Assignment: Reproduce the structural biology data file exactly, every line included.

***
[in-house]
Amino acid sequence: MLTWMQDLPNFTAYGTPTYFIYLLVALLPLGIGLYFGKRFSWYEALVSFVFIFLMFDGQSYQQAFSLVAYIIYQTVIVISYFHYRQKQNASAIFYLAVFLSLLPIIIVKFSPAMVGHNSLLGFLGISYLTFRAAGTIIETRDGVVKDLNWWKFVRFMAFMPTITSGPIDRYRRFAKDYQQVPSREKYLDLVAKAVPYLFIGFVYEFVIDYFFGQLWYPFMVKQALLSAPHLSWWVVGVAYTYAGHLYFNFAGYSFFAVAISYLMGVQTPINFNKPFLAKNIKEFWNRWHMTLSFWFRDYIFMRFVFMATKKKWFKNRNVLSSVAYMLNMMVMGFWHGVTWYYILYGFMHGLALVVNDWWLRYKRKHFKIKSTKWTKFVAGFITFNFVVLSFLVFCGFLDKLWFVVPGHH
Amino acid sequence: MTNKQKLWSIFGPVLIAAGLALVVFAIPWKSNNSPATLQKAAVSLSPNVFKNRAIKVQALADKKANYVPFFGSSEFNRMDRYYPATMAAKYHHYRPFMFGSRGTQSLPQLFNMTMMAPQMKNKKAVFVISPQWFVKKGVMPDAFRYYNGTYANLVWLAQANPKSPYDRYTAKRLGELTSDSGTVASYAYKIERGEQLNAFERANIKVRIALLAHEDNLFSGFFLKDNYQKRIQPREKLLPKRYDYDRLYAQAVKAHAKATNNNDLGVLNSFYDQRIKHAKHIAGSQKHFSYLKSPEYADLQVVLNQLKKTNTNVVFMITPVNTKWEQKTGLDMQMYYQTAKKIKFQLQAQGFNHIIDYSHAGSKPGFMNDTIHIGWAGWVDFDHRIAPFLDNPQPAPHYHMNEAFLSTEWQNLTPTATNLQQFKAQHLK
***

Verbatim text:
[in-house]
Amino acid sequence: MLTWMQDLPNFTAYGTPTYFIYLLVALLPLGIGLYFGKRFSWYEALVSFVFIFLMFDGQSYQQAFSLVAYIIYQTVIVISYFHYRQKQNASAIFYLAVFLSLLPIIIVKFSPAMVGHNSLLGFLGISYLTFRAAGTIIETRDGVVKDLNWWKFVRFMAFMPTITSGPIDRYRRFAKDYQQVPSREKYLDLVAKAVPYLFIGFVYEFVIDYFFGQLWYPFMVKQALLSAPHLSWWVVGVAYTYAGHLYFNFAGYSFFAVAISYLMGVQTPINFNKPFLAKNIKEFWNRWHMTLSFWFRDYIFMRFVFMATKKKWFKNRNVLSSVAYMLNMMVMGFWHGVTWYYILYGFMHGLALVVNDWWLRYKRKHFKIKSTKWTKFVAGFITFNFVVLSFLVFCGFLDKLWFVVPGHH
Amino acid sequence: MTNKQKLWSIFGPVLIAAGLALVVFAIPWKSNNSPATLQKAAVSLSPNVFKNRAIKVQALADKKANYVPFFGSSEFNRMDRYYPATMAAKYHHYRPFMFGSRGTQSLPQLFNMTMMAPQMKNKKAVFVISPQWFVKKGVMPDAFRYYNGTYANLVWLAQANPKSPYDRYTAKRLGELTSDSGTVASYAYKIERGEQLNAFERANIKVRIALLAHEDNLFSGFFLKDNYQKRIQPREKLLPKRYDYDRLYAQAVKAHAKATNNNDLGVLNSFYDQRIKHAKHIAGSQKHFSYLKSPEYADLQVVLNQLKKTNTNVVFMITPVNTKWEQKTGLDMQMYYQTAKKIKFQLQAQGFNHIIDYSHAGSKPGFMNDTIHIGWAGWVDFDHRIAPFLDNPQPAPHYHMNEAFLSTEWQNLTPTATNLQQFKAQHLK